This blog is about medical education in the US and around the world. My interest is in education research and the process of medical education.

The lawyers have asked that I add a disclaimer that makes it clear that these are my personal opinions and do not represent any position of any University that I am affiliated with including the University of Kansas, the KU School of Medicine, Florida International University, or the FIU School of Medicine.

Friday, December 27, 2013

Feedback or Compliments? Which is better?

I was getting ready to do journal club a couple of weeks ago and I came across an interesting study from a couple of years ago. Boehler and colleagues at the Southern Illinois University School of Medicine, decided to do a study of feedback (1), which happens to be one of my favorite topics.

Feedback is an old term that actually comes from rocketry and missiles. Radio signals came from the rocket back to the control tower on Earth. The direction of the rocket is then controlled by sending signals back to the rocket. Those signals are the feedback.

But it is hard! Faculty do not give students feedback often enough. At the University of Michigan, medical students were asked about the third year Surgery clerkship.(2) When asked (did you always get feedback?), students were more likely to Disagree or Strongly Disagree (p<0.001). Medical students thought that feedback was poor when compared with the opinions of faculty and residents (p<0.002). And 50% of the medical students believed that they were an inconvenience to the clinical service that they were a part of.

And faculty do not give good enough feedback. At the University of Missouri-Columbia, I did a study of PGY-1 residents who had been evaluated by faculty and senior residents.(3) We looked at the end of block written feedback comments. What we found was that 82% of all the comments were positive. 38% of all comments fell into two categories. The first category was generic comments such as “did a great job” or “is a pleasure to work with.” The second category was personal attributes, such as “has a great sense of humor.” The level or gender of the evaluator did not affect the comments (p = 0.17)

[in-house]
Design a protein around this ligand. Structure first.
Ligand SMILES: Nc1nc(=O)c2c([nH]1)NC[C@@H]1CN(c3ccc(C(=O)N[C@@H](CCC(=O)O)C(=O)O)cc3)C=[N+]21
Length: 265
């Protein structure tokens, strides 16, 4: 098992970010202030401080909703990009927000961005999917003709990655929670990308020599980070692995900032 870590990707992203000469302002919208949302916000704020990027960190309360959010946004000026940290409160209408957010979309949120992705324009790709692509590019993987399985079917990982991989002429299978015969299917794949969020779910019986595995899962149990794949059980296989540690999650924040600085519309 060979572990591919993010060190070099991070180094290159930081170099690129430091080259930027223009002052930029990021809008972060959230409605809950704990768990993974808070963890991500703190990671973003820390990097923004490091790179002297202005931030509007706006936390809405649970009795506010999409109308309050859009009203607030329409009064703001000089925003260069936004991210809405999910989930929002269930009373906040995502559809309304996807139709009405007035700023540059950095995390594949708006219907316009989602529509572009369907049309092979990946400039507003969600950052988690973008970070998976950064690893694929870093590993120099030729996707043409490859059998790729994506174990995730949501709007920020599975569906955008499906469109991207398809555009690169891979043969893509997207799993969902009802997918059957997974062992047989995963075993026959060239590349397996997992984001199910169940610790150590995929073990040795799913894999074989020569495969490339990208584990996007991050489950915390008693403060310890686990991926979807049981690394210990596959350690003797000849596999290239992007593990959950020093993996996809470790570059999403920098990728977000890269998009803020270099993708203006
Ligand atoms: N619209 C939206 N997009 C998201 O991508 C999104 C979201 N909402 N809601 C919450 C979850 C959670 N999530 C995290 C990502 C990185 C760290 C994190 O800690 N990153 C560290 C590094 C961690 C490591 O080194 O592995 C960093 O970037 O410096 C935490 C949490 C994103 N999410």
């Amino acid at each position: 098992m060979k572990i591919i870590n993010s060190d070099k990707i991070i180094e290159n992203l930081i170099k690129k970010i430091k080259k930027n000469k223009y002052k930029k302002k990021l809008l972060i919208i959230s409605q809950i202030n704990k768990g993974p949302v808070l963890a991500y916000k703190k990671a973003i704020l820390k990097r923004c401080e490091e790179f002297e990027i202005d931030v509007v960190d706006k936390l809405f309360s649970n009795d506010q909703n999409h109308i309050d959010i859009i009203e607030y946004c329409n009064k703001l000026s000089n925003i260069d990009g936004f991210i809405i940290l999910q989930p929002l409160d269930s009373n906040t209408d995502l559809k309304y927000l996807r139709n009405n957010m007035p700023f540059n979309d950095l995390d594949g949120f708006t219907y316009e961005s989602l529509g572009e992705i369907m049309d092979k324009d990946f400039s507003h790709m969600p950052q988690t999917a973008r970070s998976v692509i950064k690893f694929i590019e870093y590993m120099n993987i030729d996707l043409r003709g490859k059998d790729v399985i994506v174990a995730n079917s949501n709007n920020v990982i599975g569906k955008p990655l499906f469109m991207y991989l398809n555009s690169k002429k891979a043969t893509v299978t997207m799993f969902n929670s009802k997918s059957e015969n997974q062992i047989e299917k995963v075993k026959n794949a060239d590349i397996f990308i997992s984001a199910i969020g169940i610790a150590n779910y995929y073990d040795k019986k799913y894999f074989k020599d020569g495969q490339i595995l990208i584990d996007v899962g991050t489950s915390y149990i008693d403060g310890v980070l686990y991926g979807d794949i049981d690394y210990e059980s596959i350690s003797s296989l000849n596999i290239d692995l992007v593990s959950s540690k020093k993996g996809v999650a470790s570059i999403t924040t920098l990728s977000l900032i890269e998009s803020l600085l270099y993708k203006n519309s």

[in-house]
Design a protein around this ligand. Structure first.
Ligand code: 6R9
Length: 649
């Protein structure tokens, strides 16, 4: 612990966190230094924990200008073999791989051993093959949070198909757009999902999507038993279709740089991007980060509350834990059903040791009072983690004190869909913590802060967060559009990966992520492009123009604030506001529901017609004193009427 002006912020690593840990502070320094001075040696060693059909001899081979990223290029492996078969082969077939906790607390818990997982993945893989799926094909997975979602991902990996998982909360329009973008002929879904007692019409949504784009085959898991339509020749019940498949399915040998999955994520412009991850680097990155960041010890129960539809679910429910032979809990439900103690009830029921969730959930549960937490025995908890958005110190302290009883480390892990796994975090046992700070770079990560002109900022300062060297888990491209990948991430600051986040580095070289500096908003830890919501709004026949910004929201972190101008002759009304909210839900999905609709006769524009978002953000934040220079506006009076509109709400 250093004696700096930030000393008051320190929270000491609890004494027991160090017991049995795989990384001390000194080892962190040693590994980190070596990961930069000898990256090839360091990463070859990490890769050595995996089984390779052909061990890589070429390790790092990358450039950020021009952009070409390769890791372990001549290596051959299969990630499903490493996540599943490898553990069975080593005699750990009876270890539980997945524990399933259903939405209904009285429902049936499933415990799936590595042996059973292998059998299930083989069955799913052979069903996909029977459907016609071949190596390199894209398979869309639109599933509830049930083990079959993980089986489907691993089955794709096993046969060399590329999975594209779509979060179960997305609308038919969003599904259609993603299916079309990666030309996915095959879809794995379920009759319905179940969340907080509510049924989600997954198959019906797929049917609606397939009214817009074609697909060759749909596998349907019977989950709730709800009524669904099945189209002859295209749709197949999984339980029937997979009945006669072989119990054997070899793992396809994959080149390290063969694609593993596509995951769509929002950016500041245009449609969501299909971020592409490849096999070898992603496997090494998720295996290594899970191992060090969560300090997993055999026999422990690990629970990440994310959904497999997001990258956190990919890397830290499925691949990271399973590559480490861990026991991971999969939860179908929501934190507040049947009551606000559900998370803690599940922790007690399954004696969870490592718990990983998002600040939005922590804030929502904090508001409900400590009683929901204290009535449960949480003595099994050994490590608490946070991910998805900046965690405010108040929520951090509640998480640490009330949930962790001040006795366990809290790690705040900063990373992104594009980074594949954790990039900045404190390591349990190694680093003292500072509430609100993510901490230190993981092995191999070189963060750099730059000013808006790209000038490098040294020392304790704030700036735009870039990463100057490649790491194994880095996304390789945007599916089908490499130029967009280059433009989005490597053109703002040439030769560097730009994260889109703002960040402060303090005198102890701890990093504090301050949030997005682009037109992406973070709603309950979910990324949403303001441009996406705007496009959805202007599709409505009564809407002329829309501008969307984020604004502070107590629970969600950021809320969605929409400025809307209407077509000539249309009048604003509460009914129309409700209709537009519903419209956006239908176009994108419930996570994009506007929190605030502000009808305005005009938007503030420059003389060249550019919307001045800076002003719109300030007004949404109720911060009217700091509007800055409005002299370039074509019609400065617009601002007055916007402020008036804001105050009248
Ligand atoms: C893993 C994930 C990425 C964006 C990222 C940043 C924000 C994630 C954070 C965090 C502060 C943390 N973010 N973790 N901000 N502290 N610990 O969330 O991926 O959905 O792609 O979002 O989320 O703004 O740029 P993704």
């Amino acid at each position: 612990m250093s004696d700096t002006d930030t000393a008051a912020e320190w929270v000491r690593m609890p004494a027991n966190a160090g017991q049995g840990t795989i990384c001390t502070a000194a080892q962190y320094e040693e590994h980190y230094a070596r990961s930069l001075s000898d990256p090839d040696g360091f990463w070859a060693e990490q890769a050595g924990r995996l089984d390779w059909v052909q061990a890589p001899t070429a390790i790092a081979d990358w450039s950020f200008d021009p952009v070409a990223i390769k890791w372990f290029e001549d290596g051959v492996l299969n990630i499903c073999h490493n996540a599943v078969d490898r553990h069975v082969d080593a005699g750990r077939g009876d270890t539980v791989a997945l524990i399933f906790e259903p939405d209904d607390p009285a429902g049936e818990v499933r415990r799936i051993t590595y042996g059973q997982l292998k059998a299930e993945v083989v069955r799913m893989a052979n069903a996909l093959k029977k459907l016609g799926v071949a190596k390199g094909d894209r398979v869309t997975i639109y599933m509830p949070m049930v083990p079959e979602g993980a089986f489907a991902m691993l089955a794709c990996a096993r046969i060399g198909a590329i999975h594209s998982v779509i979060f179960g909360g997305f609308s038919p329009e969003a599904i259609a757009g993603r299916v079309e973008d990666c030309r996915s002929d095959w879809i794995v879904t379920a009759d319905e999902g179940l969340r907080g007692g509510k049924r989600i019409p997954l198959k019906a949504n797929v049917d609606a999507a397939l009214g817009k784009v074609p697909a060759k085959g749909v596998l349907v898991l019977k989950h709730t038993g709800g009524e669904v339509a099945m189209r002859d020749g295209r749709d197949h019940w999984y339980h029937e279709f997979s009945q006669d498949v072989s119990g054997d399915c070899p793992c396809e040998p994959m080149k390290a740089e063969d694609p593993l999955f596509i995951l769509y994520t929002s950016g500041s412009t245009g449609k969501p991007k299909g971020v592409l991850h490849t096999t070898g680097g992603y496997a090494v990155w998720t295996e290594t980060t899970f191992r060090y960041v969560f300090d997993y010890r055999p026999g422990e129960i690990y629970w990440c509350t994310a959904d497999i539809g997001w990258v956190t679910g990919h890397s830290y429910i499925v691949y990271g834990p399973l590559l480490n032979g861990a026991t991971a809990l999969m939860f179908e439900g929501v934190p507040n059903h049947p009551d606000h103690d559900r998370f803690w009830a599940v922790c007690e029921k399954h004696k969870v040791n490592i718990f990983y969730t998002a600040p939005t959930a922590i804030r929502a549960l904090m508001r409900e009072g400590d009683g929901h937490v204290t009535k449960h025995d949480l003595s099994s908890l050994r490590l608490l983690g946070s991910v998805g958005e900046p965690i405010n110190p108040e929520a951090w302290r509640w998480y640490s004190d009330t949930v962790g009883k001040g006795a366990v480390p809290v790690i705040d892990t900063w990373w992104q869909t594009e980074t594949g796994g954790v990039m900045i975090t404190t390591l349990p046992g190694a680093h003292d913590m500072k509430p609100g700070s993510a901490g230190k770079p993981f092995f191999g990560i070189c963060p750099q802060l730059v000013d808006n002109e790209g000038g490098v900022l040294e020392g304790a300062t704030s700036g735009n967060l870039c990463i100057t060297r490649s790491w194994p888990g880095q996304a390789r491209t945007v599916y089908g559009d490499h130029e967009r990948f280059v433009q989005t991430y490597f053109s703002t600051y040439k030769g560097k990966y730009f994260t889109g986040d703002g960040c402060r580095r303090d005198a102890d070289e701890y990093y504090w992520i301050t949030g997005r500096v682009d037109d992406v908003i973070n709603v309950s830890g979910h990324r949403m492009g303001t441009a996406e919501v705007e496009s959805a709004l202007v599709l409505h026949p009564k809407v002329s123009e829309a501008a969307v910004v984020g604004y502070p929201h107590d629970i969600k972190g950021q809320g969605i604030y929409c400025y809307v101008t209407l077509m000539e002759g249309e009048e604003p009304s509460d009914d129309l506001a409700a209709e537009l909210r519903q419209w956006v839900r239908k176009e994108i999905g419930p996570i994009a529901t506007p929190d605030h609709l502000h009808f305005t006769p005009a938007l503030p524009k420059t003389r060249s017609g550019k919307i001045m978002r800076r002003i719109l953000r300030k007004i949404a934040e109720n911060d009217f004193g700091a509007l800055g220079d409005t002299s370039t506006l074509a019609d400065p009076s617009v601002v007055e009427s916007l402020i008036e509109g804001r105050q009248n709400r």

Feedback is really important in clinical skills acquisition. It helps students to learn about their own strengths and deficiencies. It offers insight into what he or she actually did and the consequences of actions. There is a dissonance between the intended result and the actual result, which hopefully becomes an impetus for change in the learner.

So Boehler’s project had two hypotheses: 1) medical students receiving compliments would be more satisfied than those receiving feedback, and 2) medical students receiving feedback would demonstrate improved performance, whereas those receiving compliments would not. They took a group of second and third year medical students at the medical school and studied their ability to learn to tie a knot. More specifically, a two-handed square surgical knot. This is a basic skill that all medical students need to learn.

The authors video-taped all of the students tying a knot. Then they gave all the students knot-tying instruction by an expert academic surgeon who was well-respected, supportive, credible, and trustworthy. They video-taped the students tying a knot again. Then the students were randomly assigned to two groups. One group received specific feedback about their knot tying skills (ie: this hand needs to be in this position), the other group received generic compliments about their technique (ie: you are doing a great job). After this, the students were video-taped a third time as they were tying a knot.

Each of the knot-tying videos were evaluated by three experienced surgeons who were blinded to the students. They used a validated knot-tying scale to score the skill of the students. They also asked the students how satisfied they were with the instruction given by the surgeon (feedback versus compliments).

What do you think they found?

As you might have guessed, the students liked the compliments better. They were more satisfied (p=0.005). But more importantly, the group that received specific feedback did a better job with their knot tying than the group that just got compliments (21.9 vs 17.0, p=0.008).

It is interesting (to me at least) that both groups got better with practice. This is known as the time on task effect. The longer you work at something the better you get. The group that got feedback just got better at a faster rate, than the group that only got compliments.

There is often a tension between what a learner perceives as their deficit and what an objective observer sees as the deficit. As a teacher, when we do a good job of pointing out the deficits, it can help the learner to improve at a faster rate. But importantly, the learner may not be as satisfied with this method. It is a strong statement for limiting the use of student satisfaction data in evaluating teacher performance. Students can be less satisfied but have improvement in their performance on a task.